Saturday, July 26, 2008

USA - emergency services and VoIP - 911

Law gives new access, protection to VoIP

Phone calls made over voice over internet protocol to 911 numbers will have the same access and protections as other 911 technologies under a measure recently signed by President Bush.

The New and Emerging Technologies 911 Improvement Act of 2008 seeks to , ensure 911 service is available during an emergency. Some VoIP networks are already able to connect 911 systems.

The law also seeks to ensure ensure that future 911 networks are able to serve rural America.

“This will help emergency responders save more lives by ensuring that our nation’s 911 laws are up-to-date with new technologies,” said Sen. Ted Stevens (R-Alaska).

Fifty percent of American counties, boroughs and parishes do not have enhanced 911 capabilities. To ensure that all communities are able to take advantage of the next generation 911 network, the law requires a study to identify mechanisms and timetables for developing next generation 911 capabilities.

The study also will incorporate altitude information and identify technical solutions to address multi-story buildings where identifying the building address is not sufficient for the system to work.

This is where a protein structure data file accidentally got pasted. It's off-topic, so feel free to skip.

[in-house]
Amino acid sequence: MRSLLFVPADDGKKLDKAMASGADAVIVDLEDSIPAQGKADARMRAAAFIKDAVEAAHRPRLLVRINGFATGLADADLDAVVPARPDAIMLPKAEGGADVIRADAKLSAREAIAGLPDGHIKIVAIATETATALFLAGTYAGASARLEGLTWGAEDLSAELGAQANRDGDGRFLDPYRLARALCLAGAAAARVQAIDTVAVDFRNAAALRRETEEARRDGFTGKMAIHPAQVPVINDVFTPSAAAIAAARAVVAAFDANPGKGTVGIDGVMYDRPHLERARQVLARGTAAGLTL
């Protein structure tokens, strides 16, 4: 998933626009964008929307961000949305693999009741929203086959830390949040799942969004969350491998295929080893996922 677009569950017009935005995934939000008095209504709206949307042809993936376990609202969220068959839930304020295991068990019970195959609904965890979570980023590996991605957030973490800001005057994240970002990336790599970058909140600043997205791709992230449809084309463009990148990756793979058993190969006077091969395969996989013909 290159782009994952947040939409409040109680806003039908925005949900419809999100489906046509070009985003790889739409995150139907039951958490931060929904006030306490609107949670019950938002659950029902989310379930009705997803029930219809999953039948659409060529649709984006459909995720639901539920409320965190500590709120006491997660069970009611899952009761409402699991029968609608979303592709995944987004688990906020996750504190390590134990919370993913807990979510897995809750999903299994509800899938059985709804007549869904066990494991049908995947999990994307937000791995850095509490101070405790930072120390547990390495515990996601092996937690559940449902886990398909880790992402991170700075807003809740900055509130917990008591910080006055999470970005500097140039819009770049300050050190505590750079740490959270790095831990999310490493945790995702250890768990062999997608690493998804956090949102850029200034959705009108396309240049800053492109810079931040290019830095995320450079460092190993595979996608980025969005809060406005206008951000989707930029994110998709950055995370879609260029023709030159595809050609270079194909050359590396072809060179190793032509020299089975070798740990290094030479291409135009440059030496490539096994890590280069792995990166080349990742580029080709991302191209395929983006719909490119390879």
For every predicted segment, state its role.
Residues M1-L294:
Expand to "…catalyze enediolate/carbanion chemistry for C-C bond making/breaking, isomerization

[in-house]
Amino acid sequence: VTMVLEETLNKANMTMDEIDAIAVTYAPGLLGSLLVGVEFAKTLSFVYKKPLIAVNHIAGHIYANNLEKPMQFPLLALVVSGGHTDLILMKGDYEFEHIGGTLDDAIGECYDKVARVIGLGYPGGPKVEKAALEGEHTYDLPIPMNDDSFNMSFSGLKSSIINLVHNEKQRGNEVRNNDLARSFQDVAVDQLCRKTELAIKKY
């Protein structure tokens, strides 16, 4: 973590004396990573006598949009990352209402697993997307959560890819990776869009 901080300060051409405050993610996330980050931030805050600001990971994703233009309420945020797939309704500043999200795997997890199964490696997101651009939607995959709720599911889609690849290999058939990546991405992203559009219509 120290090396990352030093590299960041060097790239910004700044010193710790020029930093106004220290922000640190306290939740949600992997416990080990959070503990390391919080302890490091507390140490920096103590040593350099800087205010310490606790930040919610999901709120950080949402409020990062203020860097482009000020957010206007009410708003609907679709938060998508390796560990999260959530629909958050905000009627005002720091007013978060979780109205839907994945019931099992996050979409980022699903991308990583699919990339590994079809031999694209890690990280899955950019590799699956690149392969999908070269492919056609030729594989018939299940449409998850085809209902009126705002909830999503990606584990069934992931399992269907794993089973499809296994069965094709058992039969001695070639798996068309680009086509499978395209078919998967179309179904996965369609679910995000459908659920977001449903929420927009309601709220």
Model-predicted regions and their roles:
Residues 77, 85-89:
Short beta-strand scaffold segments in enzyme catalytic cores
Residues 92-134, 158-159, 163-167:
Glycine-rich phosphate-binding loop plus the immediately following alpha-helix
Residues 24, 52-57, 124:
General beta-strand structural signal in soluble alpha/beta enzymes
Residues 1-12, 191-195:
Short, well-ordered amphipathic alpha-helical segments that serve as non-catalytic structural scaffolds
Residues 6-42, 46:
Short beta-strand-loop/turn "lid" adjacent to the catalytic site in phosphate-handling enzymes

1 comment:

Fletch said...

Nortel also supports this initiative and is pleased to see that our continued efforts for public education of E911 as well as location discovery of VoIP and nomadic IP devices in a corporate environment are reinforced and specifically called out in this important Act.

Millions of people spend much of their day in an office building using advanced VoIP communications, yet very few understand the impact that technology can have on E911 if not properly implemented and managed. Defining and enforcing standards in this environment can only save lives. We are proud to be a contributor to the solution for this growing problem.

NENA, the National Emergency Number Association has also been taking steps to encourage legislation at the state level, but the fact of the matter is that very few states (only 14 in fact)actually have any 9-1-1 laws on the books requiring enterprises to implement any additional functionality that would allow for a 9-1-1 dispatcher to obtain more accurate location information from their PBX. The saddest part of this story is that the technology actually exists, and is often left provisioned in many PBX systems installed today.

There have been stories in the news over the years of people who have experienced significant delays in emergency services response, or worse yet actually died, due to telephone system not having 911 implemented properly.

Thank you to all who contributed to this important legislation. Without the continued support from the telecommunications and Public Safety industry, actions like this would not be possible.

Mark Fletcher, ENP
Nortel Emergency Services Product Line Manager

NENA
MLTS Workgroup Technical Subcommittee Chair